“It’s my data and I’ll do what I want with it!” - how to stop employees deliberately causing data breaches

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In the third of a series exploring the psychology behind insider data breaches, Egress CEO Tony Pepper looks at the employees who are intentionally malicious in their attitude to company data. If you missed them, click for the first and second instalments.

When we think of insider data breach threats, it’s the intentionally malicious insider that often springs to mind. These stories grab the headlines when employees’ nefarious activities come to light, whether they have leaked corporate secrets to competitors or sold stolen data to the highest bidder for personal gain. These incidents often have elements of drama to them, and can be treated as “interest” pieces. But not all malicious insiders have such headline-grabbing ambitions. Many are caused by individuals trying to advance their own careers and believe they are entitled to use the data they’ve worked on to achieve their personal goals.

Malicious insider data breaches are costly. The Ponemon Institute’s 2020 Cost of Insider Threats Global Report found that criminal and malicious insiders cost the surveyed organisations an average of $755,760 per incident, totalling $4.08 million over a typical year.

But tackling the threat from malicious insiders is difficult for CISOs. Naturally, company employees have legitimate access to data so there is a large element of trust involved, but security strategy cannot be based on trust alone. It is hard to evaluate employee trustworthiness, which can change over time due to work or personal circumstances. Add to this the ease with which employees can share data via email and file-sharing platforms, and it is easy to see how quickly data can be compromised.

To understand how to manage individuals who are susceptible to becoming a malicious insider breach risk, CISOs need insight into their motivations and behavioural patterns, and the factors that allow them to flourish.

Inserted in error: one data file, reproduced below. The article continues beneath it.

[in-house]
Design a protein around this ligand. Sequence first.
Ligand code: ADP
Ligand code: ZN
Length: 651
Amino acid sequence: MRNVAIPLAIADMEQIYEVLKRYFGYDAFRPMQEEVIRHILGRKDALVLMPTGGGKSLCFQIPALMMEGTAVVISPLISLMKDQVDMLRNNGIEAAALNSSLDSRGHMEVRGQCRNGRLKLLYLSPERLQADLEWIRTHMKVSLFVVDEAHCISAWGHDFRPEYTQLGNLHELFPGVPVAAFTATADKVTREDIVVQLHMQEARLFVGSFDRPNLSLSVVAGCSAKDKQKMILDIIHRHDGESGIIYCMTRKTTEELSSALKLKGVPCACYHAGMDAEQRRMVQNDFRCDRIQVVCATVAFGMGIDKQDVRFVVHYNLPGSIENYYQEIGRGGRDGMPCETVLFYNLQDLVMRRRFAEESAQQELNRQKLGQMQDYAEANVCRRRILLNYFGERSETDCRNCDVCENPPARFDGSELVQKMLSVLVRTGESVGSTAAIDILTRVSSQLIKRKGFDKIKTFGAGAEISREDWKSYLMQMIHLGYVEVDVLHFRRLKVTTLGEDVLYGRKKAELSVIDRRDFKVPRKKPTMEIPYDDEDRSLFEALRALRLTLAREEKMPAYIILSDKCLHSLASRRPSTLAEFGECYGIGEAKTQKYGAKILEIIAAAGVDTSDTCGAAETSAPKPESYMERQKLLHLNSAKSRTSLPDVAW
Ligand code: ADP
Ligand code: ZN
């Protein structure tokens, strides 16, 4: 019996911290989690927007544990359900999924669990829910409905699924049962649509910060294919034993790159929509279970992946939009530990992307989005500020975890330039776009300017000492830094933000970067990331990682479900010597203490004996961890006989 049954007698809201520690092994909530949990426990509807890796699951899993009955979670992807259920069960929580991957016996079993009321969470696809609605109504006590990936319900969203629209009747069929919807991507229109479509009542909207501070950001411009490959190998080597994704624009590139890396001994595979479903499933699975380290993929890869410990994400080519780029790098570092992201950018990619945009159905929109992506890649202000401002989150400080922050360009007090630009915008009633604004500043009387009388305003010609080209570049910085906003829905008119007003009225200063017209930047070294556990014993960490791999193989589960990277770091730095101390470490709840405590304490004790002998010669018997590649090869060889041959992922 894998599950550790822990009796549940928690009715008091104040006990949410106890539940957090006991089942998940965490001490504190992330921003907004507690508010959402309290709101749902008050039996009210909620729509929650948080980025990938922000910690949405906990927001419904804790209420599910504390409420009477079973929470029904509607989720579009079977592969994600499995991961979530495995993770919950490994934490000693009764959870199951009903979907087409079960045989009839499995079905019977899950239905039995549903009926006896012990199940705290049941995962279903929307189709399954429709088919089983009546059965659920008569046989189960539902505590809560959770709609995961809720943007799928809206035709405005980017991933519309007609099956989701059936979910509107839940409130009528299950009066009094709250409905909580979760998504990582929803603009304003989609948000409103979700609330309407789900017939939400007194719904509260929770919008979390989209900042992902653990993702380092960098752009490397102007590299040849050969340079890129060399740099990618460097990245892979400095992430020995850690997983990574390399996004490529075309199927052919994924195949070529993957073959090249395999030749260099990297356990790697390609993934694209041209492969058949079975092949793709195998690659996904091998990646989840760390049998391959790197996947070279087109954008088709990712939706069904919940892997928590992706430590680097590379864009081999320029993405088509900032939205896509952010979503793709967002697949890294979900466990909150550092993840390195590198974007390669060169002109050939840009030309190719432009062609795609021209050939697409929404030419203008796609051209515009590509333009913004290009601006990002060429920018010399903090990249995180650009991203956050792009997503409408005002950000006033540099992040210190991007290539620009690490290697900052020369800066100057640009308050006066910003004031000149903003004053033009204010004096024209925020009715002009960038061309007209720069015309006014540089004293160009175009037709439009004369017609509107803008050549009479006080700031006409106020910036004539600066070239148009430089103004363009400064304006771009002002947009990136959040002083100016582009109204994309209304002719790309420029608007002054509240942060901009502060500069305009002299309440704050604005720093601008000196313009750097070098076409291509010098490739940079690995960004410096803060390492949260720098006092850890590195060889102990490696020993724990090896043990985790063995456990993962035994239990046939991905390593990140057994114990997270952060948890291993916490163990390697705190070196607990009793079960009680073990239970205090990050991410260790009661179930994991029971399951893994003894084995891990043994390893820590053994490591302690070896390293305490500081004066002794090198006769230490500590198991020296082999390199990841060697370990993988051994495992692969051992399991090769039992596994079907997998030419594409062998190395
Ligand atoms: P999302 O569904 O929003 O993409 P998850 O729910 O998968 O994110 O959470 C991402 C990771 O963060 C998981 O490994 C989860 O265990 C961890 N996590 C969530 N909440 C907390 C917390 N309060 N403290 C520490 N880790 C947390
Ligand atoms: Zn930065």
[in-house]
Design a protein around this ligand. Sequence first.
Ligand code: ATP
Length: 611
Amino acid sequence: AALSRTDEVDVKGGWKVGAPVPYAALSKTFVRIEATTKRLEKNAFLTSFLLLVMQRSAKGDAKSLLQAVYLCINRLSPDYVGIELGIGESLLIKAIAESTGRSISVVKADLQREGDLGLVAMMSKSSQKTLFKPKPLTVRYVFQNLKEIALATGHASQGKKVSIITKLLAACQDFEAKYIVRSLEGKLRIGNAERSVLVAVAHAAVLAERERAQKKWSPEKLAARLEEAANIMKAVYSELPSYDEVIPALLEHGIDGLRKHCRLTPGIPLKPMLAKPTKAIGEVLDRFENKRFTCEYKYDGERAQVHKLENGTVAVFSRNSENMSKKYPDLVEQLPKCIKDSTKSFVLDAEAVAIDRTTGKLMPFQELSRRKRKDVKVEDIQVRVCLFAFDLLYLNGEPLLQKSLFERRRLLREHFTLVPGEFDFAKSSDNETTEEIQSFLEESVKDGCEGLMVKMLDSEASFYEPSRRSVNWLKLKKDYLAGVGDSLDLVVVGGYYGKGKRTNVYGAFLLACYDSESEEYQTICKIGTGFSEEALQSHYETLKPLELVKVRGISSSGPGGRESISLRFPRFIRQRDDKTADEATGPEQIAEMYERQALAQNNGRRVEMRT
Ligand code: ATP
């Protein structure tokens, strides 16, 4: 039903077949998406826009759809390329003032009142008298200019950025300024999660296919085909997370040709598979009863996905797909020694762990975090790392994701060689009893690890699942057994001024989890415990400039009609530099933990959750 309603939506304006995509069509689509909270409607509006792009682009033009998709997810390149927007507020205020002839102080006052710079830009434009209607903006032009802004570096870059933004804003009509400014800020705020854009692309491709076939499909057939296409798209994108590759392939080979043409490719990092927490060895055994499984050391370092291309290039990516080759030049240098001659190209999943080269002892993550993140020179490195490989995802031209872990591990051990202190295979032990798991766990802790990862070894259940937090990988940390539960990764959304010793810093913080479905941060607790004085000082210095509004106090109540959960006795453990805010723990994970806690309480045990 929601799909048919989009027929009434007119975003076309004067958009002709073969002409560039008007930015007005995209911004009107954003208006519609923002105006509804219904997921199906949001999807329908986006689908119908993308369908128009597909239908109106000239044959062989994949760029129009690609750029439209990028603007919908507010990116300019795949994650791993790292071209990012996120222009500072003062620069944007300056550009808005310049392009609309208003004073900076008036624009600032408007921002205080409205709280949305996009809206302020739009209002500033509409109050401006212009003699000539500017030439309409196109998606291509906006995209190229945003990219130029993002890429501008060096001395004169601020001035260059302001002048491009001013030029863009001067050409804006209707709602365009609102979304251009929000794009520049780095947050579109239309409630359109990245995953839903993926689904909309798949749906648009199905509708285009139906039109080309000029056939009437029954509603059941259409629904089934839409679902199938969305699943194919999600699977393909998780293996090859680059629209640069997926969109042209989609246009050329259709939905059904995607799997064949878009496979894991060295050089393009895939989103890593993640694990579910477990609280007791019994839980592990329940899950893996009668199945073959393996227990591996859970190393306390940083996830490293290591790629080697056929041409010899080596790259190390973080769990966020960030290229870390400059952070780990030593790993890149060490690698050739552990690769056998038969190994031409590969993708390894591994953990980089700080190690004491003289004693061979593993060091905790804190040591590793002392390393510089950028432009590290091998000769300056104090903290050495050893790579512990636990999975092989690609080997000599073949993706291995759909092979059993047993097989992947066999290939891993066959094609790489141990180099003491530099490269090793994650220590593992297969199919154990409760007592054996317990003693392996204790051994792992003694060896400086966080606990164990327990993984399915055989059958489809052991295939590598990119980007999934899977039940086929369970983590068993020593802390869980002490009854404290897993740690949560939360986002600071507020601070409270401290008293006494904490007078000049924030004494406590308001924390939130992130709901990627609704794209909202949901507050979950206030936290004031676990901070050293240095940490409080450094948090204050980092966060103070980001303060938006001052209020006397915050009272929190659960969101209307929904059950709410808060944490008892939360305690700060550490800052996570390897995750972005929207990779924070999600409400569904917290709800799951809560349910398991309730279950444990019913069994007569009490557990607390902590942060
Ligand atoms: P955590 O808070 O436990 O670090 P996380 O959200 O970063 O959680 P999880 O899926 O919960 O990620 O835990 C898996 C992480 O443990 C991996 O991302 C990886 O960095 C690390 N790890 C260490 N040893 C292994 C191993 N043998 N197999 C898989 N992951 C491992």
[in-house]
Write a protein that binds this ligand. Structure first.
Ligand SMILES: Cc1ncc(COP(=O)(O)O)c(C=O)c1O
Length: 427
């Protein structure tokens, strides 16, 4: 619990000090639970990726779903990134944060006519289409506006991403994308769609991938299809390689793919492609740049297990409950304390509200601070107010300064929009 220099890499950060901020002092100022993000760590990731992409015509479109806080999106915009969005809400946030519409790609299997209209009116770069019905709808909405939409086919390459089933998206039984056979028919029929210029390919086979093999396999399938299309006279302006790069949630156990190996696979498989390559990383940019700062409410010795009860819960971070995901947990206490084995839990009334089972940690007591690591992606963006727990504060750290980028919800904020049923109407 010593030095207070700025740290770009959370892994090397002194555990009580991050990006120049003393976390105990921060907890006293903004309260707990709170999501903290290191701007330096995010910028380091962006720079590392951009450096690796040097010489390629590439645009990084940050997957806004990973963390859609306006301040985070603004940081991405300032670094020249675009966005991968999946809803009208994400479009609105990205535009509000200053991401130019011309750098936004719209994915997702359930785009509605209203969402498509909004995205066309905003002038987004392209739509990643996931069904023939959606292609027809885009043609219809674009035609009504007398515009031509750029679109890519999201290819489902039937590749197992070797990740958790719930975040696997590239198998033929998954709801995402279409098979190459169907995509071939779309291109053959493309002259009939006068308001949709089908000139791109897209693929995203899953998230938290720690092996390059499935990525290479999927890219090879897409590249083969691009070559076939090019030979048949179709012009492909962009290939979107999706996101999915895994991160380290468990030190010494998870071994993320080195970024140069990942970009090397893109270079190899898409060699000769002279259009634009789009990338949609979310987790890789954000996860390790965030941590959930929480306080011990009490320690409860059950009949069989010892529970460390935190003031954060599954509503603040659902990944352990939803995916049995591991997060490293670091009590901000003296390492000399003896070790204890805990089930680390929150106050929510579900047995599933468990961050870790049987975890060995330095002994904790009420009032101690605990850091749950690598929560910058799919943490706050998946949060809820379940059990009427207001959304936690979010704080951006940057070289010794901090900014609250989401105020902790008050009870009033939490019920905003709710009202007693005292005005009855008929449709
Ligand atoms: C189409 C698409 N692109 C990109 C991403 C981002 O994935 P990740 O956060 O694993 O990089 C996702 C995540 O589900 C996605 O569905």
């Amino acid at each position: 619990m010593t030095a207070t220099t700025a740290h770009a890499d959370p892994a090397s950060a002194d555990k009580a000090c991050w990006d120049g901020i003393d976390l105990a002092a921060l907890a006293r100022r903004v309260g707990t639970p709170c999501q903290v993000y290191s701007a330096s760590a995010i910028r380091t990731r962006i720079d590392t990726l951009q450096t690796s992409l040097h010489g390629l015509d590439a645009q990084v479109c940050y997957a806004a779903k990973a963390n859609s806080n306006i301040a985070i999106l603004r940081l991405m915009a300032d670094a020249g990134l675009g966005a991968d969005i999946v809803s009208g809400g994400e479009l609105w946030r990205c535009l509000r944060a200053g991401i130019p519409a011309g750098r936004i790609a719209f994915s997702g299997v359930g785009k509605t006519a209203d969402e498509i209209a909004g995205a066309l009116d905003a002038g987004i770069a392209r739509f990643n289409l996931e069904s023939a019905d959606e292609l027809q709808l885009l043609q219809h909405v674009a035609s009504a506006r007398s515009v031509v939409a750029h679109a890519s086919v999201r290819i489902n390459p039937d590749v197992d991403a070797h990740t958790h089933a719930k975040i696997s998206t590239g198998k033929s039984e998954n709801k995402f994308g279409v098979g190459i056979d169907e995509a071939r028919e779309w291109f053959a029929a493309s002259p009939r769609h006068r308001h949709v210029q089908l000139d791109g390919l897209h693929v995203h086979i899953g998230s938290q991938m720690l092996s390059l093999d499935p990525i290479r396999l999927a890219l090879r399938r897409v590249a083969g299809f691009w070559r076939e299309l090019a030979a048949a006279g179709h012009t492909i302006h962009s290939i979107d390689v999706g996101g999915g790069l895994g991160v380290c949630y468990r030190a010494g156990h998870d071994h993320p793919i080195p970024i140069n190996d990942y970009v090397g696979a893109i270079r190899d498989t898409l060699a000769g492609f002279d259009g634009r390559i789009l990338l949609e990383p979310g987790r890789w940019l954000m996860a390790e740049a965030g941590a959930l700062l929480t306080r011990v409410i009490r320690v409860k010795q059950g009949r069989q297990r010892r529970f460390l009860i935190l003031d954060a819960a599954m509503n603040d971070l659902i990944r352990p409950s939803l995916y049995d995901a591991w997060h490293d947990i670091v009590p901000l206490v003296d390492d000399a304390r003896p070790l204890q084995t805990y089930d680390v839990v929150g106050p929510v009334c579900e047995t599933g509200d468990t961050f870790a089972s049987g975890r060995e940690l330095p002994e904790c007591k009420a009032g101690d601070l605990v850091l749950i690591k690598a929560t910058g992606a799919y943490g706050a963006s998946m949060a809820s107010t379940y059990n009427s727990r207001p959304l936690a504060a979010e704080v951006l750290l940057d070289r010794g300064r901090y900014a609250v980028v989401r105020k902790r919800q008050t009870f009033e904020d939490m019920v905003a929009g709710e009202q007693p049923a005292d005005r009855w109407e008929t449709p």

What makes a malicious insider? 

We have identified two typical personas that are at risk of committing malicious insider breaches and the common motivations behind their actions. These aren’t dyed-in-the-wool criminals who set out to steal from the start, but instead the more commonly seen characters whose intentionally malicious actions arise from circumstance.

The first is nicknamed ‘Agitated Alan’. This employee sees himself as hard-working and willing to go the extra mile for the company – up to a point. They like to feel recognised and duly compensated for the effort he puts in; and risk emerges when they feel that their contribution has been overlooked. Agitated Alans may have been passed over for promotion, been “unfairly” disciplined for some actions, or even feel their part in a project has been overlooked. The feeling of resentment and stress triggered by this situation makes this employee susceptible to “revenge” activity, such as leaking data to competitors. 

This persona recognises that what they are doing is wrong, but they have decided that their loyalty no longer lies with the organisation. Evidence from our 2020 Insider Breach Survey suggests that revenge against the company is a factor in 1 in 10 intentional data breaches.

A different scenario features the persona that we’ve dubbed ‘Sneaky Sara’. In this scenario, self-interest is the dominant characteristic. Highly career-oriented, Sara changes roles regularly to bring her experience to new companies. However, she also tends to bring data from her former employer with her, in the form of contact records and project information. 

In contrast to Agitated Alan, Sara may feel that she is not really doing anything wrong. She believes, in common with 41% of those we surveyed in our Insider Breach Research, that the company doesn’t have any ownership at all over company data. This attitude can lead to exfiltration of the data that the employee has worked on in the belief that it belongs to them. 

Our research also found that taking data to a new role was the primary motivation for 46% of employees who had intentionally removed company data. The more senior the employee, the greater the risk, with 68% of directors saying this was the reason they had intentionally removed company data.

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